Silent Conversation

In a stack of papers called Instruction.

  • May
  • 21
  • 2007

Students help each other craft better writing than a teacher ever will; the suggestions of a peer are more meaningful. But reaching the place where that kind of editing discussion occurs is difficult. Like a lot of adults I know, students surround themselves with others who think like they do. And talking about the current essay is nowhere near as thrilling as the latest CD, prom pictures, or a juicy bit of gossip.

We’re working on a 3-paragraph essay about a quotation in Arthur Miller’s The Crucible, which we’ve begun to read/watch. We’re also completing some work on significant quotations from the play, similar to the quickwrites I do with my seniors.

We had our first silent conversation today, something I want to make a routine part of prewriting next year. The responses from this year’s students will help me create examples for next year’s students. Yet again, I’m looking for a way to turn this into an assessment piece. Are you serious? Fine, here’s what I hope to assess: CA English Standards — Reading 2.4, 2.5; Writing 2.2.c (maybe 2.2.d)

Here’s how today went (at least, how it went in my head):

It Started With A Piece Of Paper

Take out a piece of paper. You have a first draft due tomorrow where you pick a quotation and explain it. I’m thinking that maybe three of you have started to write this already. Let’s spend some time on it now so you’ll have less to do when you get home tonight.

On your piece of paper, write down the quotation you’re thinking of focusing on. In other words, if you had to write about something right now, what would it be? Get the quotation down, but also write a little bit about it. What job does the quotation perform? There’s a list of three things and your quotation needs to do at least one of those things.

Five Minutes Pass

Write your first name at the top of this paper. Pass it two desks to your right. Good. Now you have the paper of the person two desks to your left. Read what’s on the paper. Go ahead; take a few minutes. Once you’re finished, I want you to write a response to that person. What do you think? Does it make sense? What troubles do you see already? Any advice? Do you see other jobs that quotation performs that you’d like to point out? Did this person misinterpret the quotation?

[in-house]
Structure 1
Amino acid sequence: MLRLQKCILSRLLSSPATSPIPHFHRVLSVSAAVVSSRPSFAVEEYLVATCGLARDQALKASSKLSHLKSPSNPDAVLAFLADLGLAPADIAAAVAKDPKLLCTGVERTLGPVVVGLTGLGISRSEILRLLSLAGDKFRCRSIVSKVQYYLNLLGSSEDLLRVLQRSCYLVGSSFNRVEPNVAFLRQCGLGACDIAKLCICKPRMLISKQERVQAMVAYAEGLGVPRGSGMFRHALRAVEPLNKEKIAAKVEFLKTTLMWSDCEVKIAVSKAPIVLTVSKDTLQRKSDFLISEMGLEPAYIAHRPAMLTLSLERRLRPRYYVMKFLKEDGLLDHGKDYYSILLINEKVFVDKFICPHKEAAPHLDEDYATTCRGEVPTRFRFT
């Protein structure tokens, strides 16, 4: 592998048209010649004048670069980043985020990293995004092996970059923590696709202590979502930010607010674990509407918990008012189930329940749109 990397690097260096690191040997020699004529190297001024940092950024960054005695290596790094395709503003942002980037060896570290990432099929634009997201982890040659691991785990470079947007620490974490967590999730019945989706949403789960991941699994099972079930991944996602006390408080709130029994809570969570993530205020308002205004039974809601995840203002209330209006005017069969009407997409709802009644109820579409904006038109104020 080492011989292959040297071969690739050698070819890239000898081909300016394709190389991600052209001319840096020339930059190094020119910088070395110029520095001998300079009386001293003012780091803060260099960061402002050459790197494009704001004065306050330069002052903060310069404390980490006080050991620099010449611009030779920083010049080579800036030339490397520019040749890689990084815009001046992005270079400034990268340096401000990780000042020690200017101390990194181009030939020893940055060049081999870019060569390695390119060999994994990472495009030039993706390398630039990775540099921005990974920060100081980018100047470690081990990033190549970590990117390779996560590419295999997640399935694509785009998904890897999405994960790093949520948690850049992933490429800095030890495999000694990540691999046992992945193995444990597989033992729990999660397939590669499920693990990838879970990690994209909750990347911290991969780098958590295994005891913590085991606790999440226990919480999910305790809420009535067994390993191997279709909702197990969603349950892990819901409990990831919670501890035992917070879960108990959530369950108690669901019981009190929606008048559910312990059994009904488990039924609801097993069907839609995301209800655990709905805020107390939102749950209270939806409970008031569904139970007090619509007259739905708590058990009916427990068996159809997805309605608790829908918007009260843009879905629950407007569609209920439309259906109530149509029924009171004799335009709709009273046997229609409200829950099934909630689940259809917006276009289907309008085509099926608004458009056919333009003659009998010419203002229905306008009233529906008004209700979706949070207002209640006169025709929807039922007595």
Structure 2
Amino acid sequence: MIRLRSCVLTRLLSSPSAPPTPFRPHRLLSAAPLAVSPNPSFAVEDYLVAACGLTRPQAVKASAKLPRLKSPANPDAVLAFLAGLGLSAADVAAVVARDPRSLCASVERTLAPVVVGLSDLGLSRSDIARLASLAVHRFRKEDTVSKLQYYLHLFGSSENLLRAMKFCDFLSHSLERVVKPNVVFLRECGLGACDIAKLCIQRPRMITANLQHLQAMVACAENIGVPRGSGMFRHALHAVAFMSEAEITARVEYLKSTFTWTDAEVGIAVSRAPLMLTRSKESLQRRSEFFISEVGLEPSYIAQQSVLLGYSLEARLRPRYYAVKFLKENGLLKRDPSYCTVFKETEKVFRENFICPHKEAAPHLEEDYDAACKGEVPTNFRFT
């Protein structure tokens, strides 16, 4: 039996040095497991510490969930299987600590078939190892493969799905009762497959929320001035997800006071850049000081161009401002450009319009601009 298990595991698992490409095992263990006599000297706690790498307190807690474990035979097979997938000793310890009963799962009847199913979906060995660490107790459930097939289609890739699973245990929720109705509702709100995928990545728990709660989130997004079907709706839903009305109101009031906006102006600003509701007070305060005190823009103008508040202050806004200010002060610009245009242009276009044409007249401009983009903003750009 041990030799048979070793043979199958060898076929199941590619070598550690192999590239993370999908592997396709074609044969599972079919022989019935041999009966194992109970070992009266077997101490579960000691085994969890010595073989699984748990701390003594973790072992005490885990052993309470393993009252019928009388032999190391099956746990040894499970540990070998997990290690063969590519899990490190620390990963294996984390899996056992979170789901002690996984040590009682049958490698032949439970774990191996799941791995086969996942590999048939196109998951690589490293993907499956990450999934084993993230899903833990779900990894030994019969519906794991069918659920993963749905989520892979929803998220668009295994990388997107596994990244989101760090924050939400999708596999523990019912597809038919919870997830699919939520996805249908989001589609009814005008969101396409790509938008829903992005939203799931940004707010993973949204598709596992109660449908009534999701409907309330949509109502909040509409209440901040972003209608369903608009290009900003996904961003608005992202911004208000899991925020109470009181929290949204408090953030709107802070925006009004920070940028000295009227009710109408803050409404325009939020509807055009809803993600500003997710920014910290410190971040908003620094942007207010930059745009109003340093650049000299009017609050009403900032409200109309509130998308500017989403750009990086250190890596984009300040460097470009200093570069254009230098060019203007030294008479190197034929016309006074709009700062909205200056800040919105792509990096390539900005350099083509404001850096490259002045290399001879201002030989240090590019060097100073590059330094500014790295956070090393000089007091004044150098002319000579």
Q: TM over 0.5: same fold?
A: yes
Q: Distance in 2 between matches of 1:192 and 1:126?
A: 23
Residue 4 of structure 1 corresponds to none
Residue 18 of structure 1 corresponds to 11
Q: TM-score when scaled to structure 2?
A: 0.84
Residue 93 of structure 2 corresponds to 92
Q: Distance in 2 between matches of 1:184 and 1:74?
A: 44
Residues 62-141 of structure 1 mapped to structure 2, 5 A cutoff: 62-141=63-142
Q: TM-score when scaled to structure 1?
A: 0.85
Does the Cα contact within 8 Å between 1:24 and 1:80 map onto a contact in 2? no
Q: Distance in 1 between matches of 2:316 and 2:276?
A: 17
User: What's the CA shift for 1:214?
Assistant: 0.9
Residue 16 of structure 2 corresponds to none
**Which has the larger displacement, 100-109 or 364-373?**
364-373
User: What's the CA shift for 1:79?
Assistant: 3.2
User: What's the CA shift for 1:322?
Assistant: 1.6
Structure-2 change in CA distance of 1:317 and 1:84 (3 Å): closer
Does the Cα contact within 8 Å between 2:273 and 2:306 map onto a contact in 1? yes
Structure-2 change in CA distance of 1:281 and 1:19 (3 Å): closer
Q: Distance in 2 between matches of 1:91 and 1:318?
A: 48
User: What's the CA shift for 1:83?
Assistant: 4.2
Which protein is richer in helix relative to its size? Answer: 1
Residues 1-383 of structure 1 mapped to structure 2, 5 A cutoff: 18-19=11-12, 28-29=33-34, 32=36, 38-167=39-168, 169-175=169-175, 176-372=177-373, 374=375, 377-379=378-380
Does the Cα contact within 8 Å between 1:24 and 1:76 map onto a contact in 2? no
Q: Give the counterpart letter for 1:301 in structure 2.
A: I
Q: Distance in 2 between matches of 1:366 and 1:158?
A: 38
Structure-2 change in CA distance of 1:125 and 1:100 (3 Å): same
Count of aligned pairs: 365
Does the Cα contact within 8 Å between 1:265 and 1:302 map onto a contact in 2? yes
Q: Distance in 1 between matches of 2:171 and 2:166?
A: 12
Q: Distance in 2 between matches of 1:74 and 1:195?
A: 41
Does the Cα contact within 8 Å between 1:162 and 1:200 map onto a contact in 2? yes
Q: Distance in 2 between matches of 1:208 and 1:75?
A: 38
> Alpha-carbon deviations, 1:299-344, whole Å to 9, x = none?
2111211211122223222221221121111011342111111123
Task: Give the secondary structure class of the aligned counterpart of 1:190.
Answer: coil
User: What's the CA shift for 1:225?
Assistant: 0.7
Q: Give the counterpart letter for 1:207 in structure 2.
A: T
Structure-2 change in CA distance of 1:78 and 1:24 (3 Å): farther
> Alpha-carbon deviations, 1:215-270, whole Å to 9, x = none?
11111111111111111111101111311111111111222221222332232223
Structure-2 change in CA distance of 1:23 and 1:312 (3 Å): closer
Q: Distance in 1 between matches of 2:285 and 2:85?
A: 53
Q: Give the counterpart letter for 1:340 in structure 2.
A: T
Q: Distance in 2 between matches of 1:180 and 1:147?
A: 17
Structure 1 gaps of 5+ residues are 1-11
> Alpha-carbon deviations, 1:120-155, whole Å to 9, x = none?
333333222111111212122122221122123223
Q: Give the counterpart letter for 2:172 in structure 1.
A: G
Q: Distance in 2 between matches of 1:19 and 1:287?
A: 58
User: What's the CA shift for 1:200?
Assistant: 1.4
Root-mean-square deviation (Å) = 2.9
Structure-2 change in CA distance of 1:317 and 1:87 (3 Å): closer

Only Two Minutes This Time

Once more, pass this paper two desks to your right. No, you do not need to write your name on this paper. It’s a silent and anonymous conversation. Please, pass the paper down. Read what others wrote before you and contribute an idea to the conversation. Agree or disagree. Make some suggestions about what to discuss in the paper.

Another Two Minutes

To start the paper on its way back to the original writer, pass this two desks to your left. Now you’re holding a paper you’ve already seen. Read what the last person wrote in response to you. Add a thought to this. Reply to what others wrote. Once you’re finished, hand it back to the writer.

O.W. (Original Writer), Not O.G.

Read the conversation that you started. Even if you change your mind, I trust that your colleagues have given you a few things to think about. Take a look at the character posters on the wall by the TV. Look through your notes on the four quotations we’ve already written about from Act One. Your first draft is due tomorrow. Please have it in your hand when you walk through the door. If you need to print it, come see me early.


I’d really like to see this as a chat session, but I’ll write more about that later. I saw a few of the sentences people wrote today (things like “This is a significant quote”) and I’m not pleased. Still, do you think this idea could work given enough structure and enough examples of how to write? Can I keep this feeling natural and useful, like an honest conversation between a few students, yet still put some requirements in place?


1. Rijal says:

[6/20/2010 - 7:02 am]

In my opinion, some problem comes when I want to get started writing a paper are choosing a topic, organizing the paper, and the last thing is presenting the Paper

2. Todd says:

[6/22/2010 - 12:51 pm]

The idea here is that, after this exercise, you have been exposed to a few other people’s writing and that writing should help jumpstart your thinking about the topic. Rijal, when you have to write how do you go about choosing a topic? What have you settled on as your process for making this happen?